Application of triangulation in qualitative research
- Journal of Applied Biotechnology & Bioengineering
Sylvester Donkoh,1 John Mensah2
Quantitative and mixed-methods studies are more popular among Ghanaian researchers than qualitative studies. Their preference for quantitative and mixed-methods studies originates from the notion that these are more scientific and rigorous, and produce generalizable findings and conclusions. Though qualitative studies appear difficult and laborious to design and conduct, and generally, the findings produced from qualitative studies seem not to be rigorous, qualitative studies can also produce robust findings and conclusions. Researchers who want to conduct qualitative studies must have good knowledge of the ontology, epistemology, and methodology of qualitative research. A vital skill qualitative researchers must possess to conduct quality research is the application of triangulation in qualitative research. The effect of the weaknesses of qualitative research on findings and conclusions can be minimized through the application of triangulation. The purpose of this article is to highlight the application of triangulation in qualitative research. It begins by explaining triangulation and its origin and then discusses the four main types of triangulation and how they can be applied in qualitative research.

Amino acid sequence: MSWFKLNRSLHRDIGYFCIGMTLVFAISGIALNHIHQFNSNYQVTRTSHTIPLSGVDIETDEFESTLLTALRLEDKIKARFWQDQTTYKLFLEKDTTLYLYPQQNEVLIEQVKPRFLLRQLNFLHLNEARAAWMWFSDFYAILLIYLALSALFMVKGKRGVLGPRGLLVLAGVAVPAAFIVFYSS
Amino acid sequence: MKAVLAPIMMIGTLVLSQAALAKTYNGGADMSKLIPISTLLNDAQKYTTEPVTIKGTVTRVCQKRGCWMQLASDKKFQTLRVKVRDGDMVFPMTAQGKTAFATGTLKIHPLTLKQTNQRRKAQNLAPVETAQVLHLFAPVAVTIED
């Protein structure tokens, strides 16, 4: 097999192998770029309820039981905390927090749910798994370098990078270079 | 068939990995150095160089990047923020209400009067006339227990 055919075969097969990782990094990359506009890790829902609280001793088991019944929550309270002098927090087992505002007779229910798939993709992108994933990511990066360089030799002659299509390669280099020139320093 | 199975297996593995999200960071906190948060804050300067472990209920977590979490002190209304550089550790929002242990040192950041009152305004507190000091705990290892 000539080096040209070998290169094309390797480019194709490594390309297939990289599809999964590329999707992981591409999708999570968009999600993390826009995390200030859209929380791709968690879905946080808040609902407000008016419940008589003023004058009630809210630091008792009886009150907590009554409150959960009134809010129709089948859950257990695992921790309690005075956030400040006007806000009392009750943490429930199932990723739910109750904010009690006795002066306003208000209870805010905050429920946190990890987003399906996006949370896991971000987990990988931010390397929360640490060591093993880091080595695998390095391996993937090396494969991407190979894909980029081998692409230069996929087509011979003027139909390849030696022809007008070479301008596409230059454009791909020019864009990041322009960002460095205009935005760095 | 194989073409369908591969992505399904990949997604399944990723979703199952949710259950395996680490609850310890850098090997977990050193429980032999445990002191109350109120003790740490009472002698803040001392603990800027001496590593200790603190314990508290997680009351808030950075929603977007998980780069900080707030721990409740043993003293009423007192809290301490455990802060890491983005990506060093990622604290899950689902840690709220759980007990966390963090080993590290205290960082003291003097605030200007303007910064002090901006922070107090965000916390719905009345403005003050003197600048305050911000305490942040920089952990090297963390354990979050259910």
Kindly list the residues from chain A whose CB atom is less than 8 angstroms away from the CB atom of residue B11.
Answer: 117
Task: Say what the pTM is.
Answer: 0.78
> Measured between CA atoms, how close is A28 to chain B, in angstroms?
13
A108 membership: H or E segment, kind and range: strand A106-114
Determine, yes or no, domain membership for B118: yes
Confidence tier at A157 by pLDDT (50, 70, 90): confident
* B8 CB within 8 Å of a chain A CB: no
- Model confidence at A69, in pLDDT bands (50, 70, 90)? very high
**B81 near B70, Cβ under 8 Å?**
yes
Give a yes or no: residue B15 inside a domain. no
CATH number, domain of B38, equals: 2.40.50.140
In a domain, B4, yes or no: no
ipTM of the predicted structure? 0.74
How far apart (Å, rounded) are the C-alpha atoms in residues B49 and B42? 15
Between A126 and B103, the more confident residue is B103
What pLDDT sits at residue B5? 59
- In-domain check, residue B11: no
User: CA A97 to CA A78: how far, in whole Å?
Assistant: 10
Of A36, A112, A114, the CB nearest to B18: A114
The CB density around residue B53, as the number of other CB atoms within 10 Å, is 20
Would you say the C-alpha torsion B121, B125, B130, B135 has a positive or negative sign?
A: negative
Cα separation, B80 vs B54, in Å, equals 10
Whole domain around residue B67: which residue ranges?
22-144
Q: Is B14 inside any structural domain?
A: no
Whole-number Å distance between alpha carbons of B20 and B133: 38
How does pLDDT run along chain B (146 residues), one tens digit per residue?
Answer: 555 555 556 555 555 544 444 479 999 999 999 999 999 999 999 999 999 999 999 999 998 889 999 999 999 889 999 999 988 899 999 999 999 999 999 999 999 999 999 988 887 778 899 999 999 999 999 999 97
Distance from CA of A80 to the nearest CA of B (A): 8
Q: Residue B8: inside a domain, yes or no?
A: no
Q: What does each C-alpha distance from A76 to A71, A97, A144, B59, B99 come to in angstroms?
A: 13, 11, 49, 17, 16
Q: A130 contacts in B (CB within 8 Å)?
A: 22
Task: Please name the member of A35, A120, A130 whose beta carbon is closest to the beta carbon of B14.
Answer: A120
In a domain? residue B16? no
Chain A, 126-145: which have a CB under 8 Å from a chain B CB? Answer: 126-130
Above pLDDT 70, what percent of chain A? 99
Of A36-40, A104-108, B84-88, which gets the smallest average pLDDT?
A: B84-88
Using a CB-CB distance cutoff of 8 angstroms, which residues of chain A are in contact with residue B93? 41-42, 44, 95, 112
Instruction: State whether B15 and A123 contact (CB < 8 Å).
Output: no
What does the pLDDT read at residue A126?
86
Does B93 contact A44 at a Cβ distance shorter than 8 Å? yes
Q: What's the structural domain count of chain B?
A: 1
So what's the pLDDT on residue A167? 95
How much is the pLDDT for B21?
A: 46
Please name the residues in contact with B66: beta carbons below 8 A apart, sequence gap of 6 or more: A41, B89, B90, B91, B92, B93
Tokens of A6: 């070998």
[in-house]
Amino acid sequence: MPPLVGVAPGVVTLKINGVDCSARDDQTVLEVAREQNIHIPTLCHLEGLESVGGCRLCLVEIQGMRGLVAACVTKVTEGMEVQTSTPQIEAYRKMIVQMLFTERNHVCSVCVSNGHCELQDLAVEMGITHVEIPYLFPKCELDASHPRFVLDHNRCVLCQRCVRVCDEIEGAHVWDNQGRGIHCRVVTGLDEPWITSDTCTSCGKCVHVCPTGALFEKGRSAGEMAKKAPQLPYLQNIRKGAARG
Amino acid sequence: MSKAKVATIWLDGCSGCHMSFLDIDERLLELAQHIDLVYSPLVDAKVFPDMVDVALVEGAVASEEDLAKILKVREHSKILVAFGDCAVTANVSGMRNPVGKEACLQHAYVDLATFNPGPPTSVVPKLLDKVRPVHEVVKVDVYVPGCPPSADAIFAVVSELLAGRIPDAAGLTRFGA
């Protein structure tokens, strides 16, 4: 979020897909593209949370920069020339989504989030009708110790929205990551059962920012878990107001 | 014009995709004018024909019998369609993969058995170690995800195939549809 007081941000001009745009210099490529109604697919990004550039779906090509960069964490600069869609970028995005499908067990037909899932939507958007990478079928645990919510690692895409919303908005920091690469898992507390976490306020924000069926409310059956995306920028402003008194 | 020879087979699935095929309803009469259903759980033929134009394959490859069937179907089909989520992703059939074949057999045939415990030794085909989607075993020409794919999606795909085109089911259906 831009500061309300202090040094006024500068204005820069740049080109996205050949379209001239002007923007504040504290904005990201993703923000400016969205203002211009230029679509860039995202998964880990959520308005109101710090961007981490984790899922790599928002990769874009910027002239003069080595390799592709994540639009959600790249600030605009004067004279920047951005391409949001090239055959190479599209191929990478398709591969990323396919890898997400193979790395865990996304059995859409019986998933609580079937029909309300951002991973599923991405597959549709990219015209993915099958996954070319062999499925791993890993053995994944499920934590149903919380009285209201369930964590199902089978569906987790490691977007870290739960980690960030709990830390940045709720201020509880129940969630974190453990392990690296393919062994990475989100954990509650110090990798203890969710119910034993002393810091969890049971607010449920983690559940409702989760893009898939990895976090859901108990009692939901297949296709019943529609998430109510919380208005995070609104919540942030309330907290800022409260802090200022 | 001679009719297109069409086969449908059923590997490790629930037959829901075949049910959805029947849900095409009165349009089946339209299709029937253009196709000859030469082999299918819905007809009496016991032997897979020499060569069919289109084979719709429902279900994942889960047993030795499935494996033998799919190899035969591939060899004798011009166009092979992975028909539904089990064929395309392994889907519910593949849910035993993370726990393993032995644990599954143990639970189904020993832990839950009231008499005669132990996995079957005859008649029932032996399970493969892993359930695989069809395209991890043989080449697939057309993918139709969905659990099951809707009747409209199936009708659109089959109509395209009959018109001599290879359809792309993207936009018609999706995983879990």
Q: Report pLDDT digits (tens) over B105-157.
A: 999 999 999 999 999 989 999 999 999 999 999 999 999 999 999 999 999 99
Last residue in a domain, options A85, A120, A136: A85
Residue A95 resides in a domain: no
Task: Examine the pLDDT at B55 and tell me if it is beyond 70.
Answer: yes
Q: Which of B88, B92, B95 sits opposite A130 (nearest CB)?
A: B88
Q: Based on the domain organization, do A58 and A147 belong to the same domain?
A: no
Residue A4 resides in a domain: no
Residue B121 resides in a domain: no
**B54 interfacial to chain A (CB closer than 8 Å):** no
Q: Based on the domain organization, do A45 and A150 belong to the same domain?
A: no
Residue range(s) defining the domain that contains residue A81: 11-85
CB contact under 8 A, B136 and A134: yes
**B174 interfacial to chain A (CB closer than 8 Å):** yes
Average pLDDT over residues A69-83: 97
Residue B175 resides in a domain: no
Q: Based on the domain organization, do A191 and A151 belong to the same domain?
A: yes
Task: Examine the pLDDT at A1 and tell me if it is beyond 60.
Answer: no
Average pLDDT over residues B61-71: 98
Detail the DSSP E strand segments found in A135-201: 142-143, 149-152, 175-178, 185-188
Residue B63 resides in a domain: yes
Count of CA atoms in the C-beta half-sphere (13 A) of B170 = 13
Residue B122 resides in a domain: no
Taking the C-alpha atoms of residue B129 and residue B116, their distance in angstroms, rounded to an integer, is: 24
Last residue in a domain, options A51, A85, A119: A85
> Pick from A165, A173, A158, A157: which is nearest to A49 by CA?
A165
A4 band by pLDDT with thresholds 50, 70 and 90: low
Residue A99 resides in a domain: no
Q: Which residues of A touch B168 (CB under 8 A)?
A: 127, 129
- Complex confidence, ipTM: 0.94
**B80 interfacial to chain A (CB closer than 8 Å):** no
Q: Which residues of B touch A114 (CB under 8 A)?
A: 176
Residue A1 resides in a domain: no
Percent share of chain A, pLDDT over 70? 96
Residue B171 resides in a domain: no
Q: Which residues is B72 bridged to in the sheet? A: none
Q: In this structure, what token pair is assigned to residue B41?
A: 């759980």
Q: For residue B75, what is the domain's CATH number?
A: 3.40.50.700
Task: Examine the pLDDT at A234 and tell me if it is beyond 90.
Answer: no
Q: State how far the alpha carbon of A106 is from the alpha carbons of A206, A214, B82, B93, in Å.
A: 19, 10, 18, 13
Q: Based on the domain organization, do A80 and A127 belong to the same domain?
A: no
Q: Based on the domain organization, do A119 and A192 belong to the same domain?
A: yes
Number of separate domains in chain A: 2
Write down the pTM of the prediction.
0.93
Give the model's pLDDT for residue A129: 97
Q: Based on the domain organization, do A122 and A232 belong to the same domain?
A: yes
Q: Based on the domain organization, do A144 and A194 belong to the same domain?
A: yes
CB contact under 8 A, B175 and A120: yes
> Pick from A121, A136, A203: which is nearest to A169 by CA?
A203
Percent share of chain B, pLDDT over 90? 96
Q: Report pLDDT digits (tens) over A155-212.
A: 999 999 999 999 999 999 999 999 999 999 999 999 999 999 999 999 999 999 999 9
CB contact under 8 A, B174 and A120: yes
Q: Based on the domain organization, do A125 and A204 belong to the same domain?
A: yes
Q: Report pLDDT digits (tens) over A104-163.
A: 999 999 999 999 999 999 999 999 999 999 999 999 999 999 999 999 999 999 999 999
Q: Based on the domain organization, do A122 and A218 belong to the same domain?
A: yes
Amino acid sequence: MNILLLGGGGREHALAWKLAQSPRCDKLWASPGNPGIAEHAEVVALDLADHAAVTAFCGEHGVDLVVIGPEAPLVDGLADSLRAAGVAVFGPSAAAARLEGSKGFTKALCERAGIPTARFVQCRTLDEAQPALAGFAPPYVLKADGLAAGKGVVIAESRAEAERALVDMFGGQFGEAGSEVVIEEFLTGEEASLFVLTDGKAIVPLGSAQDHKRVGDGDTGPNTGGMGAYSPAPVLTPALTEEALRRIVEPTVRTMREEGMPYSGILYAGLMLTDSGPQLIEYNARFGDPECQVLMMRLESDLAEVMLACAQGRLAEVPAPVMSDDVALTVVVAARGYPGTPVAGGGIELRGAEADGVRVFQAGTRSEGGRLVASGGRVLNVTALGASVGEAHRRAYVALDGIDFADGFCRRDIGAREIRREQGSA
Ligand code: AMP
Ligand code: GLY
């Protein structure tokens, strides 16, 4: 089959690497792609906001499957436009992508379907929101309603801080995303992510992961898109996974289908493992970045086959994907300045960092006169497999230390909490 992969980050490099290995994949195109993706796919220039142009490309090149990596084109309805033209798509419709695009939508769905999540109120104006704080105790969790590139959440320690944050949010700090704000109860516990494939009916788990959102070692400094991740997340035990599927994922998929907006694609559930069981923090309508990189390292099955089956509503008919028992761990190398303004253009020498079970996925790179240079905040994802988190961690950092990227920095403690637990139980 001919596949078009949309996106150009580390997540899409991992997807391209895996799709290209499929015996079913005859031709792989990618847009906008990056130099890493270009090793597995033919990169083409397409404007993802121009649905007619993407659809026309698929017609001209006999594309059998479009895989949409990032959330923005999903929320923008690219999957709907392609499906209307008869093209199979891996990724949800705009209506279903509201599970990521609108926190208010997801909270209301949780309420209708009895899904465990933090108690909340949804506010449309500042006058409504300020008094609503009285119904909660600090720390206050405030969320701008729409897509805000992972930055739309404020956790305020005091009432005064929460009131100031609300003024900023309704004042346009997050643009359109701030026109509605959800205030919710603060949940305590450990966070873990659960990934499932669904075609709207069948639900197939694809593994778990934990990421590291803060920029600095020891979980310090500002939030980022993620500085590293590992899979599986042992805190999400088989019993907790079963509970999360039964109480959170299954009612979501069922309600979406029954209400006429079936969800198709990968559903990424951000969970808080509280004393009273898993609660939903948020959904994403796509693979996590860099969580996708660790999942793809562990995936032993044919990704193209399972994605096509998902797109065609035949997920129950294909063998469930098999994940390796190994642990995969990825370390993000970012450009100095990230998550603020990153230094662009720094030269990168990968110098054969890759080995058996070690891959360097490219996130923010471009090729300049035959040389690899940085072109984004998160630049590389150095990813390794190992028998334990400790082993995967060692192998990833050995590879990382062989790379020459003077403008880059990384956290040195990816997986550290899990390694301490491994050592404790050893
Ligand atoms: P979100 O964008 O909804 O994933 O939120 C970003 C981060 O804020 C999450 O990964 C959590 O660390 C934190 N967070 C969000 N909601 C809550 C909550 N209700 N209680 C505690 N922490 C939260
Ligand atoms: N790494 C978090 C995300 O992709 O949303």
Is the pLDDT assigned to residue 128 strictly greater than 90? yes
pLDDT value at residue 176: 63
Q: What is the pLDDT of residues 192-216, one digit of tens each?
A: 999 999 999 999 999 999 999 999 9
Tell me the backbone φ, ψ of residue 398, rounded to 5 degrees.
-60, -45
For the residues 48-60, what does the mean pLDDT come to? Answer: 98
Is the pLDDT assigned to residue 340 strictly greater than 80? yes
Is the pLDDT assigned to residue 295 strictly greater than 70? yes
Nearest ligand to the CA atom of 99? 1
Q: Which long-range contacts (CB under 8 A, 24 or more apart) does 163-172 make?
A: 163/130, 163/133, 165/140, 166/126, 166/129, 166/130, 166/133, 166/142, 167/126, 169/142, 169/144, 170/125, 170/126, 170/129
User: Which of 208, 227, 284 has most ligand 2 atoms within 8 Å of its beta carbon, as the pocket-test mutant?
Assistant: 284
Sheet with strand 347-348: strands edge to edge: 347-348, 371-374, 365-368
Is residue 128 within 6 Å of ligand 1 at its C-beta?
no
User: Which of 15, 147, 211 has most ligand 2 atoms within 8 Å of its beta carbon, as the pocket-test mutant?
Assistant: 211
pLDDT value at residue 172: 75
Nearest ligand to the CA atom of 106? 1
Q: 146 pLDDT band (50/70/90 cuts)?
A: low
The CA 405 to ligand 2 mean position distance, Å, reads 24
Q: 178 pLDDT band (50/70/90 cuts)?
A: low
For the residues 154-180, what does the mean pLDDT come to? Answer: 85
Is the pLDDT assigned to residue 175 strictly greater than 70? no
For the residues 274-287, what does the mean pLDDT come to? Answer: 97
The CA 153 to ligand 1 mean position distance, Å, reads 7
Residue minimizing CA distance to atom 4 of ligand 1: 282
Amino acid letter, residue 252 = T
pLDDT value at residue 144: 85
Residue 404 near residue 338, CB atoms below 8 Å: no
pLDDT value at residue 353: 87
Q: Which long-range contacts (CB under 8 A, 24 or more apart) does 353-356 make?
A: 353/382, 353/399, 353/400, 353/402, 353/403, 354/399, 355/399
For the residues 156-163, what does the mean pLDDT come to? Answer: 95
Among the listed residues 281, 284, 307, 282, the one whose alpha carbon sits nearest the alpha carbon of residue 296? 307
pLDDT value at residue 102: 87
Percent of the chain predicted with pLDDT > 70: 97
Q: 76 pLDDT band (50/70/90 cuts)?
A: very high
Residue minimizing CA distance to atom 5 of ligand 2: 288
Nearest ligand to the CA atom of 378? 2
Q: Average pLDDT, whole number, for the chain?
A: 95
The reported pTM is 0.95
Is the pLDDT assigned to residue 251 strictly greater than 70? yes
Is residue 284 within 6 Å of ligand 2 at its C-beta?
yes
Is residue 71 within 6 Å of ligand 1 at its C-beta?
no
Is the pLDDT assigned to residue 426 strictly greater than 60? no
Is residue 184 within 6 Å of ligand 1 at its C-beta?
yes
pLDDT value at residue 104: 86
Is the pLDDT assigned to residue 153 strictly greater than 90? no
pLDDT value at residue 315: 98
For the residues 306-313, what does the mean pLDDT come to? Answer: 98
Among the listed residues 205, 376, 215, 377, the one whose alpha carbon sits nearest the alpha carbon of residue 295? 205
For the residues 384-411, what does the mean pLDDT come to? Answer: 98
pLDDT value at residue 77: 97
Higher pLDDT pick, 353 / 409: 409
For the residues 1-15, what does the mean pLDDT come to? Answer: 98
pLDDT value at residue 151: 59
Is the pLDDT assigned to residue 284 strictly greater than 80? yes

Ghanaian, research, types of triangulation, methodological, data, researcher, theory, triangulation